It’s been awhile since I posted something personal, but I’m having a hard time getting past this and a friend suggested I write about it to you. Writing is cathartic, and anyway, I want you to know me for who I am and this is part of who I am.
A month ago my Grandpa died. Last weekend, we celebrated his life together in Oregon in the small town where he spent his whole life. It was a wonderful, whirl-wind weekend where we shared stories of his life, cried, looked at pictures, laughed together, and ate way too many peanut M&Ms. I cried plenty at the funeral and a few times after, and thought the worst of the grieving was over. I now know it had only begun.
Saying goodbye is always hard. He was an incredible man for many reasons, but most importantly because his family was the pride and joy of his life. I can still see the way he walked with a little jig when he got excited, the mischievous look on his face when he gave us candy behind Mom’s back, the way he patted my arm with a tear on his cheek the last time I saw him. He knew the end was coming, and he made sure I knew how much he loved me, the children, and my husband.
Gosh, I miss that man.
The memorial service made me think a lot about the kind of woman I want to be and what kind of legacy I want to leave behind. Someone at the service told us funerals are often boring, but his wasn’t because he lived such a good life. Good lives are interesting to remember.
My children adored Papa Don, but Hudson is likely the only one who will remember him much at all. You can imagine how sad this makes me. It’s strange to think that a man who is so significant in my life–a pillar who helped shape who I came to be–won’t be a part of my children’s lives. Quite simply, I can’t believe he’s gone.
So, I wrote out all the things I want my children to know about him when they are older, and stood up before hundreds of people at the service to read them out loud. My reading was punctuated by lots of my own tears, some laughter, and the occasional gasp when I realized afresh that he was gone.
I know you didn’t know him, but maybe you will write your own list after reading mine. Or maybe this will make you, like me, think about what kind of life you want to lead and the legacy you want to leave behind. I hope you enjoy it even though he wasn’t your Grandpa.
Kids, I don’t know if you remember your Great Grandpa Don, but he was a pretty amazing man. When I was little he used to hold me in his arms, or sit me on his lap and call me “Granddaughter.” I don’t know why I loved that so much, but I did. He just had a way.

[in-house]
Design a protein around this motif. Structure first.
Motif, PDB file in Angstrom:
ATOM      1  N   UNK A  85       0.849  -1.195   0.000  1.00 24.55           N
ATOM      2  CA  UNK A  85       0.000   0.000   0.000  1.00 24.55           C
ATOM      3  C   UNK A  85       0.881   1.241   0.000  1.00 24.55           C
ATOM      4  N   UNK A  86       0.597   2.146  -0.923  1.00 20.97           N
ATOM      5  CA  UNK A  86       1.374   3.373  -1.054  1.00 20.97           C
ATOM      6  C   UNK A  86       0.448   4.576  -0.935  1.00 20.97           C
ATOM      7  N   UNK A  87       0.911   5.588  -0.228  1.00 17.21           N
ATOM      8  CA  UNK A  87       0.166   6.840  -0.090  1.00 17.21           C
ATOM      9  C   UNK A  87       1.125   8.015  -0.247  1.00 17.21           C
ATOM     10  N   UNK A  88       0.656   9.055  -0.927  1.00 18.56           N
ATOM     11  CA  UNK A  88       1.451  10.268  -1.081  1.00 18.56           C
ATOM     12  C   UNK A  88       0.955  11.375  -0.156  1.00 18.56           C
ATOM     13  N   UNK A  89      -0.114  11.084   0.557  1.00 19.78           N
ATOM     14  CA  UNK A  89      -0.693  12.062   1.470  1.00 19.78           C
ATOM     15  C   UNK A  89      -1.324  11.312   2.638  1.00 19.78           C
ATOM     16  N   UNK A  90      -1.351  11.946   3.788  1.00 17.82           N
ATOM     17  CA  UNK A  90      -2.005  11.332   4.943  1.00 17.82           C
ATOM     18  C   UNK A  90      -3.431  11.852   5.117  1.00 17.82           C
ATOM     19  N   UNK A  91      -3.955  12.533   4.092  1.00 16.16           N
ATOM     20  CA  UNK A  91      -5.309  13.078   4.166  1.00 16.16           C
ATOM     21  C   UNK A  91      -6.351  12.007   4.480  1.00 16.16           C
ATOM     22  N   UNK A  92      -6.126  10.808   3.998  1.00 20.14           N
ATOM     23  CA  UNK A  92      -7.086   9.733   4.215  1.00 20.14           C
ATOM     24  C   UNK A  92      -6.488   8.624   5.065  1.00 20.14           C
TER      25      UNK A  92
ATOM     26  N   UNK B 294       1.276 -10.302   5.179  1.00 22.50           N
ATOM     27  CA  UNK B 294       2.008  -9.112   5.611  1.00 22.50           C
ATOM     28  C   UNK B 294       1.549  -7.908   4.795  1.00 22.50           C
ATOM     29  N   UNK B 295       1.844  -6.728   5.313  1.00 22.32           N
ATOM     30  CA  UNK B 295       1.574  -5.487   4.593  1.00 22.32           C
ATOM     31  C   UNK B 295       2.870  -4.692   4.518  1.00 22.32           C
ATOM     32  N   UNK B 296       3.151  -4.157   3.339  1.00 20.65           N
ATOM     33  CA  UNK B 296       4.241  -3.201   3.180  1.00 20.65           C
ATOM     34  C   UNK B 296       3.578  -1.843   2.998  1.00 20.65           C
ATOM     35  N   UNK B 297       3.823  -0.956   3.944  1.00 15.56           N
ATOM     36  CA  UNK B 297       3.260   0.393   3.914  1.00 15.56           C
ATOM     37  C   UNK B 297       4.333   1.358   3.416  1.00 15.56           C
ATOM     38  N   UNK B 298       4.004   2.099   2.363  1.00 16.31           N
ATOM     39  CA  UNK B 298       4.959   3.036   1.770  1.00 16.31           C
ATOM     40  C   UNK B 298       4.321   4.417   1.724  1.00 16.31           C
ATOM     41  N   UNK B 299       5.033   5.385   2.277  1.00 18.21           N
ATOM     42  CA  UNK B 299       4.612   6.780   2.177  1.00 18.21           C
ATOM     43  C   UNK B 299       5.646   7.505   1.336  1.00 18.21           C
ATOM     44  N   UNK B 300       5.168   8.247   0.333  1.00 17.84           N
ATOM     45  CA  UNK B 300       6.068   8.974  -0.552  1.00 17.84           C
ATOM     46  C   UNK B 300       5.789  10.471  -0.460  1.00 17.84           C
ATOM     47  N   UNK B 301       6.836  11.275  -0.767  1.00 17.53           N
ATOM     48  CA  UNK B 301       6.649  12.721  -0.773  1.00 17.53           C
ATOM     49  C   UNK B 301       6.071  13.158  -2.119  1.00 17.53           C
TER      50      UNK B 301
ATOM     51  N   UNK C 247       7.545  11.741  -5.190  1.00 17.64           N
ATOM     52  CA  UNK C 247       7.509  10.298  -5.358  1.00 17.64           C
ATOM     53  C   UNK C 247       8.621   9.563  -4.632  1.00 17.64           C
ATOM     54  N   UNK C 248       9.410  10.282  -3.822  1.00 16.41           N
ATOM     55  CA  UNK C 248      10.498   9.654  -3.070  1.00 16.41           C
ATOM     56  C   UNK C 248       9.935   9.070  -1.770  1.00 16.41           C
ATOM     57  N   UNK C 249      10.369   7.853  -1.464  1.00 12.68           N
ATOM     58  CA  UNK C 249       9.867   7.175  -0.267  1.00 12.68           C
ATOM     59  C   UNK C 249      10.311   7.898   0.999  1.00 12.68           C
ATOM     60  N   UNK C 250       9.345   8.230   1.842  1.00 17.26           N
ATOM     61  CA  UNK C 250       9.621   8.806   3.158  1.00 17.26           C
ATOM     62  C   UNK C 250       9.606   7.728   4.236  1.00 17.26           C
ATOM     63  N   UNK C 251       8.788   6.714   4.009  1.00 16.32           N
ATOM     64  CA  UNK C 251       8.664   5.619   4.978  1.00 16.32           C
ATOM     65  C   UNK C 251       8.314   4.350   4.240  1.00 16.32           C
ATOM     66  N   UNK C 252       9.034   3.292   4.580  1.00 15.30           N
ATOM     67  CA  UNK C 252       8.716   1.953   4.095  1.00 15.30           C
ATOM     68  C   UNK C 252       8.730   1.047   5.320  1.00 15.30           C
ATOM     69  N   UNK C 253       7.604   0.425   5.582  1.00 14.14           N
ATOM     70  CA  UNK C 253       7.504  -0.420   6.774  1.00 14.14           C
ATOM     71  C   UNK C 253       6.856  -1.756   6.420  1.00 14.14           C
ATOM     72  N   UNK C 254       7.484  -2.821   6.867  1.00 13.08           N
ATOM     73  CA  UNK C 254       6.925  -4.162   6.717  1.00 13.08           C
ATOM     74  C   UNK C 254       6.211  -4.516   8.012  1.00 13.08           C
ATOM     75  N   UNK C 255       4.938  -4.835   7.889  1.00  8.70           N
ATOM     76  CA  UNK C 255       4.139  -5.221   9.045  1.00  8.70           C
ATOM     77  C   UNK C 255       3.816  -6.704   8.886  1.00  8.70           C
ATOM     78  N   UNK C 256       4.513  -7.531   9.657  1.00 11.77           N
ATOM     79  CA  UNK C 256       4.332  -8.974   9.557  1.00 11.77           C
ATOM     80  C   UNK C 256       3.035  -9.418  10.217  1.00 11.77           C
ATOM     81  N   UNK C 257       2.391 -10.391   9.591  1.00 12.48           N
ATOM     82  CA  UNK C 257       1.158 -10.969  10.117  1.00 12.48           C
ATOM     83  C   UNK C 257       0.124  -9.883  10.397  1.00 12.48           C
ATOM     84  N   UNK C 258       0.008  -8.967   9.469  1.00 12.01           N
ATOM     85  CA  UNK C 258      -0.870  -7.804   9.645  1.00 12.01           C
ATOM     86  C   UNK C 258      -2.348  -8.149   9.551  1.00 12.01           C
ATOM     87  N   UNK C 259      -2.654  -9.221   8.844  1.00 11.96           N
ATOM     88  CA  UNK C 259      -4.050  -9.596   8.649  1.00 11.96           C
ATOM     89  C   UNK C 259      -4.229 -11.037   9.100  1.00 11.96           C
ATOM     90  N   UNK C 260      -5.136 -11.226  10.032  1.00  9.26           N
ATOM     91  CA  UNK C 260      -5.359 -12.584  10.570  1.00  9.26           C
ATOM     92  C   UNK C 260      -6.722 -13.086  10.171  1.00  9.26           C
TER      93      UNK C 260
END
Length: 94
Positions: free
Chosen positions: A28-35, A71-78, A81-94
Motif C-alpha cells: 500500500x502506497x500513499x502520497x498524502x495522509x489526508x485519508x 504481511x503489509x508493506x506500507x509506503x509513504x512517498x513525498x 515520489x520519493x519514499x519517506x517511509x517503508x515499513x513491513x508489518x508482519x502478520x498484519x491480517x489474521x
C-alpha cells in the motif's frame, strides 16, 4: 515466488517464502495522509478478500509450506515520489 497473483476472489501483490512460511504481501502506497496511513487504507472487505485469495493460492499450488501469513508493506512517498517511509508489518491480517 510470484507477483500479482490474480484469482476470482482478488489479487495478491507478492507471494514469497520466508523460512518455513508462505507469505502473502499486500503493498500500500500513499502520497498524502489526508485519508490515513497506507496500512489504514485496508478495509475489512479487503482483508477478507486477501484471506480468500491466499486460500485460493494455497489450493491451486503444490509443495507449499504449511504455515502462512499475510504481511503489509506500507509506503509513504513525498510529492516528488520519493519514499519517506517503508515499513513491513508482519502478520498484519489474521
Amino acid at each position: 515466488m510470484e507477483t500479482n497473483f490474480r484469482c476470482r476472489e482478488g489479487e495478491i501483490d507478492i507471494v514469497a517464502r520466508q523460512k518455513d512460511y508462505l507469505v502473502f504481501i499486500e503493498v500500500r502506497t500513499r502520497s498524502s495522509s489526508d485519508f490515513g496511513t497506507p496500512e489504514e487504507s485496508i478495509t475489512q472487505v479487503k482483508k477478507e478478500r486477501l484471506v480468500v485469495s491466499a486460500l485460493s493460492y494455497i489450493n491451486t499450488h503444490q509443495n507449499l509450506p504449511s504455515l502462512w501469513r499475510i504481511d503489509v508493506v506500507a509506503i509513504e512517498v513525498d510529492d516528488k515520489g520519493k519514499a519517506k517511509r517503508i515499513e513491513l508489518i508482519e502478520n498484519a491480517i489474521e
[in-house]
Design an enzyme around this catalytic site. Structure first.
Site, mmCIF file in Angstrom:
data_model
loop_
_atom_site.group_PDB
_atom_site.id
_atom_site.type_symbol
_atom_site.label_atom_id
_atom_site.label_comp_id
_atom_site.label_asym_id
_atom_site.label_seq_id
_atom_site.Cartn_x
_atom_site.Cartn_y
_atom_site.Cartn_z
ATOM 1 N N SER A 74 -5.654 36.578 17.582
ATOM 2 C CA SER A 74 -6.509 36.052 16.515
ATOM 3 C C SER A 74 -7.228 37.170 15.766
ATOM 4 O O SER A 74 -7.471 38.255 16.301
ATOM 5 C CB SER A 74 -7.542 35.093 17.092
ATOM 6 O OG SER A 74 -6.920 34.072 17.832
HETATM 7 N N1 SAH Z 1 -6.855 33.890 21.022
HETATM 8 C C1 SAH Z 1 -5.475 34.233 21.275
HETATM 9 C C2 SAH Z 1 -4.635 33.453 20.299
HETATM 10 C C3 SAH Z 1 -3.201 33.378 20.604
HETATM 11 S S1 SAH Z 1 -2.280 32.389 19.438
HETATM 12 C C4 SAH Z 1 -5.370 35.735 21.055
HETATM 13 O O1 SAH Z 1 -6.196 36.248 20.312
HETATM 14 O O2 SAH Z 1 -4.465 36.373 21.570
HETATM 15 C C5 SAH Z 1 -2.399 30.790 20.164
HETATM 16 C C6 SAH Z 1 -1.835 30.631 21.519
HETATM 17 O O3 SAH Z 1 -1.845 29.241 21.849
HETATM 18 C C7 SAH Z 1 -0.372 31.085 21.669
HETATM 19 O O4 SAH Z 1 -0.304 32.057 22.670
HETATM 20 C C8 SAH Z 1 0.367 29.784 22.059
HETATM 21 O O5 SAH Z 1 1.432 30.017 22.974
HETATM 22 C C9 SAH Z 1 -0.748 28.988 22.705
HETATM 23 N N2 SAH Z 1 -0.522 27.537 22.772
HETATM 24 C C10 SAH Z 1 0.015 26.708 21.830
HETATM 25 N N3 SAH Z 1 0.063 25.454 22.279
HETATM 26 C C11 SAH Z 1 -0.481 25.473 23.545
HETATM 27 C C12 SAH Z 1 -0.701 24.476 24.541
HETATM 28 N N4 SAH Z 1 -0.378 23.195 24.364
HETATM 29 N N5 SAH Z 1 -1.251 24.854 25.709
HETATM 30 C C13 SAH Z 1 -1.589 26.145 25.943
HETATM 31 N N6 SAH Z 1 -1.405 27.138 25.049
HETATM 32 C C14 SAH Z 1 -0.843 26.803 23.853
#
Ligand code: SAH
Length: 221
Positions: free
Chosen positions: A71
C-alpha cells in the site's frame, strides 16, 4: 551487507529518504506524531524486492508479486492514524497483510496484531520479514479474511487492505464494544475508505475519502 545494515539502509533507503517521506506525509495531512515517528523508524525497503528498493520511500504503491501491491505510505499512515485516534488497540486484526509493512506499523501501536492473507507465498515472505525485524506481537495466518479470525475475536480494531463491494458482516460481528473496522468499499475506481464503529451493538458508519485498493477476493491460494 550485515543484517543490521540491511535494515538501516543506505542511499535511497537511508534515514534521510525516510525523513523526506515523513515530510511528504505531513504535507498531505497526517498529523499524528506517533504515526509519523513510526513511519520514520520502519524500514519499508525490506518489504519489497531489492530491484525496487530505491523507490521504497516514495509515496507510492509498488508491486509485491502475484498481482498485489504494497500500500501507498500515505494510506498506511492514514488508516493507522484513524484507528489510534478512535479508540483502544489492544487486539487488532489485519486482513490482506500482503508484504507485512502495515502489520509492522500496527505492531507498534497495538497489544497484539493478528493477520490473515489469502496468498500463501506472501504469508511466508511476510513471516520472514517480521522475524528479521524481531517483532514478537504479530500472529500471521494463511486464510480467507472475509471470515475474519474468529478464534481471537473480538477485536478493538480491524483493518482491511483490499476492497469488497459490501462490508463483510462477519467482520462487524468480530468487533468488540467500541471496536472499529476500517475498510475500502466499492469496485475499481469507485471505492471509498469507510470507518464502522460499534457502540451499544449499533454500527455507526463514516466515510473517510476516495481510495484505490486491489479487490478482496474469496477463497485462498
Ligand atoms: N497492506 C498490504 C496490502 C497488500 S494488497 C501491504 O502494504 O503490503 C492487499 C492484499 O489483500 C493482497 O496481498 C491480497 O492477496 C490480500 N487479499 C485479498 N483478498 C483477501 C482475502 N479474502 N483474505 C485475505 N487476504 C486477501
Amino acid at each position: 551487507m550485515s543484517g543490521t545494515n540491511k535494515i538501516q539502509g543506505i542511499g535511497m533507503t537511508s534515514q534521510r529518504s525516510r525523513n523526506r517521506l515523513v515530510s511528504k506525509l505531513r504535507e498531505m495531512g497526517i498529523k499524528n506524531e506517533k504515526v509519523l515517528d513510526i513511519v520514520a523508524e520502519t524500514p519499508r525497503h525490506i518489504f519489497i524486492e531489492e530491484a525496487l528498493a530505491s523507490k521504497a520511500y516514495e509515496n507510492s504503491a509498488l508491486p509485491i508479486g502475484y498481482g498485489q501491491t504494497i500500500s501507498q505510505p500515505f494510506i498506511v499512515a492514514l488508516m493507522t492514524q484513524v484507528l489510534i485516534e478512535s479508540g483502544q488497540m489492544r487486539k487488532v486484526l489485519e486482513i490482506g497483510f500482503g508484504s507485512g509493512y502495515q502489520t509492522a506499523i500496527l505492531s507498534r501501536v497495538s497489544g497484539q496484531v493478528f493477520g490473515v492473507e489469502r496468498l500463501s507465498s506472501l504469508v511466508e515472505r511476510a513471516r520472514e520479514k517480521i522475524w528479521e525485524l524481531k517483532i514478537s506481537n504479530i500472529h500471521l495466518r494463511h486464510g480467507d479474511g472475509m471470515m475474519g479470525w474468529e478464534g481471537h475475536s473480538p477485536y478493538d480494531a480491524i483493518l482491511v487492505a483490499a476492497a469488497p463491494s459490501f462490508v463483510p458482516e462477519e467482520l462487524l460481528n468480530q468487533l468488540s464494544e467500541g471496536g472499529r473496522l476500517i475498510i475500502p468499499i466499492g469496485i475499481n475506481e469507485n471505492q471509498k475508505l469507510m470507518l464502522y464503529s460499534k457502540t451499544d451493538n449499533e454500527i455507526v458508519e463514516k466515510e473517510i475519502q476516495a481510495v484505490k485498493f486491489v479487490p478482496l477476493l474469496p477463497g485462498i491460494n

Grandpa Don loved mischief. When the women told him not to get us wound up, he would feed us sweets secretly in the other room. He kept peanut M&Ms in a tin by his chair and used to shake the tin when he wanted us to come running. We always did! Grandpa Don’s peanut M&Ms always tasted better than any other kind. They were secret, and not allowed, and special because he refilled the tin just for us. To this day peanut M&Ms are my favorite candy.
Grandpa Don had a great way of walking. I can still see it so clearly as he used to walk his property, or the forest when we camped. He loved the outdoors, he loved his dogs, and he loved hunting. I think he just loved to be out in nature, and I agree with him there.
Grandpa Don was a great storyteller—one of the best! He could talk his way into anything. He taught me that confidence is the key to many successes in life. If you think you can do something, then others will believe you! I always admired Grandpa’s audacity, his courage, and the way he wasn’t afraid to go get what he wanted.
Kids, I also want you to know that Papa Don loved you very much. You were his legacy. By the time you were born he knew the key to a happy life: love your family and do what you love. He valued freedom, courage, determination, and faithfulness. As his descendants, you are all responsible for passing down that same legacy.
Others knew him as Don but I called him Grandpa. He was known for his tenacity, determination, fierce love for his family, and a magnetic personality. He is sorely, deeply, missed.
I pray God blesses YOU today, friends. Thank you for coming and reading my story. Life is short, and this week I’ve been doing my best to cherish it with my sweet children. More sewing-related posts to come next week. Blessings to all of you!
|My grandparents, married in 1951|